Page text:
Toward 2050 in North Carolina
A Roundtable Report on the Changing Face of the Tar Heel State
SOURCE: AP/Jim R. Bounds
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The United States is rapidly approaching the point where there will no longer be any clear racial or ethnic majority—as soon as the year 2042. At the same time, the fastest-growing racial and ethnic groups were hit first and worst by the recent economic downturn and face persistent barriers to achieving the levels of education, health, and employment that our nation needs to succeed in the global economy. As the entire country undergoes this dramatic demographic transformation, leaders in government, business, philanthropy, and the civic sector must take steps now to prepare for our more diverse future.
In many communities, these demographic shifts are well underway: People of color are already the majority in four states and in more than 300 counties across the country. Community leaders working in these places may well have wisdom and relevant strategies to share with other communities as they prepare for similar population shifts.
It is in this spirit that Progress 2050—a project of the Center for American Progress—and PolicyLink—a national research and action institute advancing economic and social equity—partnered to hold a series of 2050 roundtables in communities that have already experienced aspects of this demographic shift. The roundtables are meant to help us learn from the experiences of these bellwether communities about what the rest of the country may have in store and what policy shifts are needed to ensure that our nation embraces its diverse future. This is the fourth report in a series documenting these roundtable discussions and describes a conversation that took place in Raleigh, North Carolina, in December 2011. The first of our roundtables was hosted in Arlington, Virginia (July 2011), the second in Los Angeles, California (October 2011), and the third in the San Joaquin Valley, California (October 2011).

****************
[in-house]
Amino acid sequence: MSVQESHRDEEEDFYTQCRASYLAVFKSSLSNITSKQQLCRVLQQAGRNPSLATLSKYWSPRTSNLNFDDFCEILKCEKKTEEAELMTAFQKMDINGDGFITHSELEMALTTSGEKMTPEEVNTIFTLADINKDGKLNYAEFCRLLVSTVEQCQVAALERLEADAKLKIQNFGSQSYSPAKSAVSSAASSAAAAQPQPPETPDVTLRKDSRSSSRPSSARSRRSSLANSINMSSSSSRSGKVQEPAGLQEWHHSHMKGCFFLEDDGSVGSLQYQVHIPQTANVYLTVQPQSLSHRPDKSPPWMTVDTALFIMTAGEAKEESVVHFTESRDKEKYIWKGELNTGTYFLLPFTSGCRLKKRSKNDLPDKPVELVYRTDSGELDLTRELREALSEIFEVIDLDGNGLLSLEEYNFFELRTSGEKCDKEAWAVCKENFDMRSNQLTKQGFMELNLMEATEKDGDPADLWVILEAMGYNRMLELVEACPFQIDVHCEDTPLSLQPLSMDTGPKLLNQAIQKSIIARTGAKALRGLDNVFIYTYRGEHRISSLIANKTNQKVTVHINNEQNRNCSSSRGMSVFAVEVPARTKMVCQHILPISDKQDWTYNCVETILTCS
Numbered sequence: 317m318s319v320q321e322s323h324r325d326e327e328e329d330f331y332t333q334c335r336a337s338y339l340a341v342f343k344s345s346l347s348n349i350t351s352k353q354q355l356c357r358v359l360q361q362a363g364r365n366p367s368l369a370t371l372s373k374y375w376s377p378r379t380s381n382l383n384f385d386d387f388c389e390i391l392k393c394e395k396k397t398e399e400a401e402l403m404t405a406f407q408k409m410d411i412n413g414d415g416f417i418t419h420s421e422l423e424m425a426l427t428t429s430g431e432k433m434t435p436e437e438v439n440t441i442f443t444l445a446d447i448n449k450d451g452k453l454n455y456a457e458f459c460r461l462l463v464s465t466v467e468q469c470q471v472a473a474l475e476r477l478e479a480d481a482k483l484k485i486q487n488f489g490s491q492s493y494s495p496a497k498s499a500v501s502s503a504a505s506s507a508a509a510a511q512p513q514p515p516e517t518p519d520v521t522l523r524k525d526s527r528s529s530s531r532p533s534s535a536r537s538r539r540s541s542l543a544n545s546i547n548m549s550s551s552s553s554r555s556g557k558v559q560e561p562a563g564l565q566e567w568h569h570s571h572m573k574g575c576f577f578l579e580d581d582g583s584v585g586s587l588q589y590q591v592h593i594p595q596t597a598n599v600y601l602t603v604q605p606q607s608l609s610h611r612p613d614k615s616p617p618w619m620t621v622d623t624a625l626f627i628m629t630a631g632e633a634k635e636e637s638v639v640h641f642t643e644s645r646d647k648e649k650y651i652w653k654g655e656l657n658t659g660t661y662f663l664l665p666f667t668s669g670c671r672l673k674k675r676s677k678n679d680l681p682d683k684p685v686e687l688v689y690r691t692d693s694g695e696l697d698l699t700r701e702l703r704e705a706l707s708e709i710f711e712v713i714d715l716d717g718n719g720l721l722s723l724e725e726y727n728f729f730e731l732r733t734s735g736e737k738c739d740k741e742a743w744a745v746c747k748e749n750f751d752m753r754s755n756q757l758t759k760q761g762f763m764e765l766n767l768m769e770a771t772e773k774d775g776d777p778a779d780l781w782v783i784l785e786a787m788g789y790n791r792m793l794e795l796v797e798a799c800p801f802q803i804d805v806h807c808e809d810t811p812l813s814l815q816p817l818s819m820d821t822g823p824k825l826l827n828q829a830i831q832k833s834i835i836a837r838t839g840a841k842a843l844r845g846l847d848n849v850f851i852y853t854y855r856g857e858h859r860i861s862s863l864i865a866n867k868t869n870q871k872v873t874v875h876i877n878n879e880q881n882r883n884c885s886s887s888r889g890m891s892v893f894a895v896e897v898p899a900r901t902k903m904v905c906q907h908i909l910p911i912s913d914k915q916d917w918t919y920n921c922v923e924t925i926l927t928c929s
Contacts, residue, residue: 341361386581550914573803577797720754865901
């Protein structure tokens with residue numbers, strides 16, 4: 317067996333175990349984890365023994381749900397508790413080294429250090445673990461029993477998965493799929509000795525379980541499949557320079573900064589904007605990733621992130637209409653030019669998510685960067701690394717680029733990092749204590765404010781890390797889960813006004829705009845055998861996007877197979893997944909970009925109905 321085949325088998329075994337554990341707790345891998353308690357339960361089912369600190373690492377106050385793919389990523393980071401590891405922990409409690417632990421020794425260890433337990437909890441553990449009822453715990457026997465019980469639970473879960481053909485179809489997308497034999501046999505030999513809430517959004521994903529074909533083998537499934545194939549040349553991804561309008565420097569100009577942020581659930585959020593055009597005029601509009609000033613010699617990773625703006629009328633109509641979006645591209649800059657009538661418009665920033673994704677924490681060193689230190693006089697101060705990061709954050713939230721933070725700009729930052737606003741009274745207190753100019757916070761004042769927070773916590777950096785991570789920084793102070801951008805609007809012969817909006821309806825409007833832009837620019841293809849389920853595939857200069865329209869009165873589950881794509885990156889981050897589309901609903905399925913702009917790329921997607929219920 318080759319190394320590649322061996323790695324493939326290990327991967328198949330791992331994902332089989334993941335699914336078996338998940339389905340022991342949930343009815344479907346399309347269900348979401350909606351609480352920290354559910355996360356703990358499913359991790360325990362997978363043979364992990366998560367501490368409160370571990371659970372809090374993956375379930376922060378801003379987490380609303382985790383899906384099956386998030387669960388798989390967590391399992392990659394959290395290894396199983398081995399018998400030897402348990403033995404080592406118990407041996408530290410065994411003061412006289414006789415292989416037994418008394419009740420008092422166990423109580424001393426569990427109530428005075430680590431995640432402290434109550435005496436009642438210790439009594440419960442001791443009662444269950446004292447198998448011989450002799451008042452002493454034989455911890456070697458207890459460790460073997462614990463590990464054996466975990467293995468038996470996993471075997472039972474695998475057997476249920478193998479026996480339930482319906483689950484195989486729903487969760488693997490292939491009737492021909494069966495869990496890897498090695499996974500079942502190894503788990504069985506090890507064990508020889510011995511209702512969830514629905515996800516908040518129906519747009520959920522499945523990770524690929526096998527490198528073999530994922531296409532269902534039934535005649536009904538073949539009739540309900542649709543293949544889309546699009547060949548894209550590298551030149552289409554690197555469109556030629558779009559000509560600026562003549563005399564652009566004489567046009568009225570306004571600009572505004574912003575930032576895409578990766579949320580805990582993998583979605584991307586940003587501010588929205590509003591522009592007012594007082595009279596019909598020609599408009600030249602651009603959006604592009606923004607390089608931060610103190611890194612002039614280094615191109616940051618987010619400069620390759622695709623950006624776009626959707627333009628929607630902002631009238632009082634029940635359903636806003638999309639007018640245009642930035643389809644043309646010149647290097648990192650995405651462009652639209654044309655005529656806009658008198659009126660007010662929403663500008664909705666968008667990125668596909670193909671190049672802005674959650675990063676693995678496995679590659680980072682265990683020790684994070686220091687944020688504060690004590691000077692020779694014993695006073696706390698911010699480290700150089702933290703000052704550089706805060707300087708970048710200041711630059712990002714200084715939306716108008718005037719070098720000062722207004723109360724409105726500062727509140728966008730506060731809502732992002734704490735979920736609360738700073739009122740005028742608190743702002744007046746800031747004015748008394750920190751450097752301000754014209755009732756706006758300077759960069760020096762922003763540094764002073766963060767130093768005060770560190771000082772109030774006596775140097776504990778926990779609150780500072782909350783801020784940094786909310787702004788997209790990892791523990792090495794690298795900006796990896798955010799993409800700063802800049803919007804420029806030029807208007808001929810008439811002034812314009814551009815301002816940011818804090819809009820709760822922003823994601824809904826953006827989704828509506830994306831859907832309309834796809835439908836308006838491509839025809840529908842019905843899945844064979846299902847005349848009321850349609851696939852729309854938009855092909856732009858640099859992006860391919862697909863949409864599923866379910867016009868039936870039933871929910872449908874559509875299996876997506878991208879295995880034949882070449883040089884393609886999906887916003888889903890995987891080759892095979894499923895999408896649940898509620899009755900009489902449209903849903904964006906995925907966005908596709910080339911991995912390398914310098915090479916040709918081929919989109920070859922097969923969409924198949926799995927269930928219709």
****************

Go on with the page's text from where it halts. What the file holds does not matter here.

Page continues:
The broader goal of the Progress 2050/PolicyLink partnership is to initiate a national conversation to explore a new vision of what America can and should be in 2050, when there won’t be an ethnic majority in our nation. We intend for these conversations to inform our policy agenda and ultimately lead to the crafting of policy that lifts communities of color and creates a future in which all can prosper.
Over the past 10 years, the state’s white population has increased by 12.5 percent, while the state’s African American population has increased by 17.9 percent, and the state’s Hispanic population has increased by a substantial 111 percent.
At the Raleigh roundtable, as was the case at the preceding roundtables, the participants included community activists, policy researchers, business leaders, academics, and staff from elected offices. (See the attached list of convening participants on page 20 of this report.) The range of their expertise was diverse, spanning issues including—but not limited—to economic development, fair lending, financial security, education, incarceration, and civil rights.